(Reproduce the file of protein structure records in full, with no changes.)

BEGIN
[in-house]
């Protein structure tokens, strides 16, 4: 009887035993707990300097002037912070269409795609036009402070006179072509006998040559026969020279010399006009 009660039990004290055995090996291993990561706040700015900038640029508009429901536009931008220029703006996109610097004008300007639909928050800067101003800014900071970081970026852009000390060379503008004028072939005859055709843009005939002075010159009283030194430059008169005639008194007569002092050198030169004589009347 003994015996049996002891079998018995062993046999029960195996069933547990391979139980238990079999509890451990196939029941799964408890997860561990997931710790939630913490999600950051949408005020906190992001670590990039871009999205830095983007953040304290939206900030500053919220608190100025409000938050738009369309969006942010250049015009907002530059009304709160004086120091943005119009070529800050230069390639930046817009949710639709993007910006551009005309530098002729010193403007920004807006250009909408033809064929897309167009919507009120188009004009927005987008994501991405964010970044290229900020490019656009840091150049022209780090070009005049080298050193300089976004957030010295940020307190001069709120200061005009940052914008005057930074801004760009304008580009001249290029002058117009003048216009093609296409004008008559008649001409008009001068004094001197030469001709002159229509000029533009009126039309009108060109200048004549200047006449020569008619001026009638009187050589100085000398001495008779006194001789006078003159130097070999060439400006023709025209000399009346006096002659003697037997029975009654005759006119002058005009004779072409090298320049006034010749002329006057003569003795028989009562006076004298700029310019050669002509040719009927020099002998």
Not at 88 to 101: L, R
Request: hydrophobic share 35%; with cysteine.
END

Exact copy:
[in-house]
């Protein structure tokens, strides 16, 4: 009887035993707990300097002037912070269409795609036009402070006179072509006998040559026969020279010399006009 009660039990004290055995090996291993990561706040700015900038640029508009429901536009931008220029703006996109610097004008300007639909928050800067101003800014900071970081970026852009000390060379503008004028072939005859055709843009005939002075010159009283030194430059008169005639008194007569002092050198030169004589009347 003994015996049996002891079998018995062993046999029960195996069933547990391979139980238990079999509890451990196939029941799964408890997860561990997931710790939630913490999600950051949408005020906190992001670590990039871009999205830095983007953040304290939206900030500053919220608190100025409000938050738009369309969006942010250049015009907002530059009304709160004086120091943005119009070529800050230069390639930046817009949710639709993007910006551009005309530098002729010193403007920004807006250009909408033809064929897309167009919507009120188009004009927005987008994501991405964010970044290229900020490019656009840091150049022209780090070009005049080298050193300089976004957030010295940020307190001069709120200061005009940052914008005057930074801004760009304008580009001249290029002058117009003048216009093609296409004008008559008649001409008009001068004094001197030469001709002159229509000029533009009126039309009108060109200048004549200047006449020569008619001026009638009187050589100085000398001495008779006194001789006078003159130097070999060439400006023709025209000399009346006096002659003697037997029975009654005759006119002058005009004779072409090298320049006034010749002329006057003569003795028989009562006076004298700029310019050669002509040719009927020099002998």
Not at 88 to 101: L, R
Request: hydrophobic share 35%; with cysteine.